Unemployed Greeks queue for their benefits in Athens (Reuters / John Kolesidis)

Unemployment in the Eurozone has risen to 10.8 percent - the highest level since the currency was introduced in 1999.

Eurostat, the EU's statistics office, revealed an unemployment total of 17.1 million in February, a one percent increase on January, and close to 1.5 million up the same period in 2011.

The highest unemployment rates were found in Spain (23.6 percent) and Greece (21 percent in December 2011)

Representing the eighth straight monthly increase, coupled with a separate report confirming a shrink in manufacturing activity in Europe, the figure adds fuel to concerns that it is slipping back into recesssion.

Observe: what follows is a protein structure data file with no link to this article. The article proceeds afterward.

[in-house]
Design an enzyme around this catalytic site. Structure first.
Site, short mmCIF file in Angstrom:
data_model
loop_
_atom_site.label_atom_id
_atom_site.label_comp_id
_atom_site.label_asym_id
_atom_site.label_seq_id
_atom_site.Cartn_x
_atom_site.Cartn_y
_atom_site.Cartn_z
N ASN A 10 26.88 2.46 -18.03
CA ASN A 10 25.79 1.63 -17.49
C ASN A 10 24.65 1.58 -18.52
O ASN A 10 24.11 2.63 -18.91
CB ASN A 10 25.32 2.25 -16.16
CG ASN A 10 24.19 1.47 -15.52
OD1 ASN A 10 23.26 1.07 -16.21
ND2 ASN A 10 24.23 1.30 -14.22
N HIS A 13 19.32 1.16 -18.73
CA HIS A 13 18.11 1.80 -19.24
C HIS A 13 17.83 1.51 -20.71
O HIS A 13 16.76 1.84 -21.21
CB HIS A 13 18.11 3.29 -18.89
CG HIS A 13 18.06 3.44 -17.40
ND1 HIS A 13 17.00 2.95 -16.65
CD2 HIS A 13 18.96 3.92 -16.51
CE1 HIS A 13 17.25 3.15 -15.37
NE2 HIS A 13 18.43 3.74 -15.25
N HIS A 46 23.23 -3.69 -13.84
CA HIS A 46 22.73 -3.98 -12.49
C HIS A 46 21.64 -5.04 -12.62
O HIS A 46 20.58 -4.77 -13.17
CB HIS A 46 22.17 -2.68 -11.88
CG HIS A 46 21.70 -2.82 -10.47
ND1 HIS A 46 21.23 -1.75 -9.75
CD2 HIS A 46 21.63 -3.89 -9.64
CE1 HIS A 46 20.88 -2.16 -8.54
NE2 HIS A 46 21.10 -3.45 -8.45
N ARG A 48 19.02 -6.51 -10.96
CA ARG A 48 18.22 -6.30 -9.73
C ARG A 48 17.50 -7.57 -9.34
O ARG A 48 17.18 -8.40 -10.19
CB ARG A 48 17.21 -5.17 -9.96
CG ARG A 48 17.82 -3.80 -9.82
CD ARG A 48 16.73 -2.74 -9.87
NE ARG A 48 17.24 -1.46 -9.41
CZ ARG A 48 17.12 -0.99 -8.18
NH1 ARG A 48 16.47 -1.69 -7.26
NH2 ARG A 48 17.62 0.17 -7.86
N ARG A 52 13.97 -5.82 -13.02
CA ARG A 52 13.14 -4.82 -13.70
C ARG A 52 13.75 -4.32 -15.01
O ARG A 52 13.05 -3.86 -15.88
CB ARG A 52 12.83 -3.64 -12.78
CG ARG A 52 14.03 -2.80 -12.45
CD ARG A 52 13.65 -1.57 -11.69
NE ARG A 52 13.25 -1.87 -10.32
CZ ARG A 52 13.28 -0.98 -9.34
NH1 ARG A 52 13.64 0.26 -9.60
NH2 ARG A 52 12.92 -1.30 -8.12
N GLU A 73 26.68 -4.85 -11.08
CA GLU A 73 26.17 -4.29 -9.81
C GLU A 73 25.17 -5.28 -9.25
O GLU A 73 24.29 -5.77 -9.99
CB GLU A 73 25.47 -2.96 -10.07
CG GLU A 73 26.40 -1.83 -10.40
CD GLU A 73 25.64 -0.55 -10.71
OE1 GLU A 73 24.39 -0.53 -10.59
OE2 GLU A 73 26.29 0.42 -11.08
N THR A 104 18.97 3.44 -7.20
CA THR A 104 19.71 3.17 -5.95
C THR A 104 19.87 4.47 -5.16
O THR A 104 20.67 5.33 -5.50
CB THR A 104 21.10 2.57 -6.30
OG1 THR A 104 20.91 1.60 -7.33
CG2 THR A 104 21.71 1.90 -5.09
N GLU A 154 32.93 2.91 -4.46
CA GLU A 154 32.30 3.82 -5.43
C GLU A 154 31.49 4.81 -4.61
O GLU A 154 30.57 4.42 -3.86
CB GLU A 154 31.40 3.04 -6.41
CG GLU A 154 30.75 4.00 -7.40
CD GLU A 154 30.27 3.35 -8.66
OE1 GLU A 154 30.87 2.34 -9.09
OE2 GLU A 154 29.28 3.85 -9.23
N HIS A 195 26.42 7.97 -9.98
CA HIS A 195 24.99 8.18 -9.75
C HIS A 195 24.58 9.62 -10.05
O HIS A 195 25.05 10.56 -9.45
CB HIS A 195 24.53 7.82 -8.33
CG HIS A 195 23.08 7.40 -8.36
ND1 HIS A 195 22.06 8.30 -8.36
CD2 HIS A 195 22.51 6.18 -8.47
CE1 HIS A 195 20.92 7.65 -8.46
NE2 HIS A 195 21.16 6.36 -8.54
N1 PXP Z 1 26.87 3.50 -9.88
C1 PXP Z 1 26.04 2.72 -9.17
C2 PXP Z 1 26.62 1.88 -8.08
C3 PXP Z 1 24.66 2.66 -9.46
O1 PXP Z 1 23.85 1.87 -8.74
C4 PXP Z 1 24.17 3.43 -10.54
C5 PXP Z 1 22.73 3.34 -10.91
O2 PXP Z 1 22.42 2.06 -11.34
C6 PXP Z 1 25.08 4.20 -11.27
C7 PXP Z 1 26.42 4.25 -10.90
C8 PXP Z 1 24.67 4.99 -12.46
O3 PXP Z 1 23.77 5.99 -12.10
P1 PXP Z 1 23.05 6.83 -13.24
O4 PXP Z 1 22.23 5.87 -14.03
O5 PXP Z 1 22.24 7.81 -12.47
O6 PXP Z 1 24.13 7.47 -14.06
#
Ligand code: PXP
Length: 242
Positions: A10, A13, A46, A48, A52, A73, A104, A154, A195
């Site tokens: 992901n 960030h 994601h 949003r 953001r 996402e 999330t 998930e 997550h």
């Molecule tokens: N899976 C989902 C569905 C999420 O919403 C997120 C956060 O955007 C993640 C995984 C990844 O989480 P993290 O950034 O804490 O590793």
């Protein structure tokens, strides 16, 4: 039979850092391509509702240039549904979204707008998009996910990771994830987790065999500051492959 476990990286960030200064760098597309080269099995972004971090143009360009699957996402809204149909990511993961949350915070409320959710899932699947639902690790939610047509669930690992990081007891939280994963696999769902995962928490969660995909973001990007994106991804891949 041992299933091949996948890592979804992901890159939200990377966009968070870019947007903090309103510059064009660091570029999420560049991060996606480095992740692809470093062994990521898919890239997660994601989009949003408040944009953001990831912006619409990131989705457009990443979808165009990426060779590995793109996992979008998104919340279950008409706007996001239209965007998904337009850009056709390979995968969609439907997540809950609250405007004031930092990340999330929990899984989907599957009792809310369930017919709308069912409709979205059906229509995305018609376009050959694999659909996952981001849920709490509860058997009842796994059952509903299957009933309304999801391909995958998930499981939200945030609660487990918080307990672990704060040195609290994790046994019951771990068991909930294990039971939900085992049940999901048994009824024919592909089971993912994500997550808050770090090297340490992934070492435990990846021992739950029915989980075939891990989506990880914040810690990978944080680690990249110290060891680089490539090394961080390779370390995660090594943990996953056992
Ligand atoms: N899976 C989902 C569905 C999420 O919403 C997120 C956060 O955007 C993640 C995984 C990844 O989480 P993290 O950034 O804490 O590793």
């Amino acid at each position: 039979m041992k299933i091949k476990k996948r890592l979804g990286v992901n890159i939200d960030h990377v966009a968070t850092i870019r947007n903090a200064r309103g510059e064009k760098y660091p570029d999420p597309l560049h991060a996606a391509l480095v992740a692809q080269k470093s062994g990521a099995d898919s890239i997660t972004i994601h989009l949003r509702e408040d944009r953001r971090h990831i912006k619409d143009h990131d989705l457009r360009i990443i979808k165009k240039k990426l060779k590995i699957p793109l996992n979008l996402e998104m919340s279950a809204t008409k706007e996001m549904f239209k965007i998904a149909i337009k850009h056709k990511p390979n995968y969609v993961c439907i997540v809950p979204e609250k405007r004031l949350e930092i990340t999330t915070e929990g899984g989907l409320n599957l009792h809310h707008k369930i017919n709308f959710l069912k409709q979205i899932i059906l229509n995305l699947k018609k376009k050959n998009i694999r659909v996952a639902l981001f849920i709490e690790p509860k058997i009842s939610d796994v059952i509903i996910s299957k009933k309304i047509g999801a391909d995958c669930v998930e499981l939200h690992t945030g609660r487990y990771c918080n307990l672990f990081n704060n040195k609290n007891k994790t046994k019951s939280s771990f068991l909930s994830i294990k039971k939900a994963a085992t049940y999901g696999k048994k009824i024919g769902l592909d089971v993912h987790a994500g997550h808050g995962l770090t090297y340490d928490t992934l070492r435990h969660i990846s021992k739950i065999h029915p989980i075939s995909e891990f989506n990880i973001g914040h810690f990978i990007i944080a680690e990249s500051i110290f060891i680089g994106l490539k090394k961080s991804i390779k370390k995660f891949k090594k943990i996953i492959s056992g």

Markit's purchasing managers index showed a fall to a three-month low of 47.7 in March from January's 49, the eighth consecutive monthly decline.

"It looks odds-on that Eurozone GDP contracted again in the first quarter of 2012 - thereby moving into recession," Howard Archer, chief European economist at IHS Global INsight, told Associated Press, adding that 2012's second quarter prospects "hardly look rosy".

Youth unemployment also showed an increase, rising by 106,000 in the Eurozone and representing 21.6 percent of people aged under 25.

The lowest unemployment rates in member states were recorded in Austria ( 4.2 percent), the Netherlands (4.9 percent), Luxembourg (5.2 percent) and Germany (5.7 percent).

The reports will represent another blow to confidence amid Europe's debt crisis. Finance ministers are hoping that the proposal to increase the size of the joint lending 'firewall' to €800bn (£667bn) will help to boost resolve.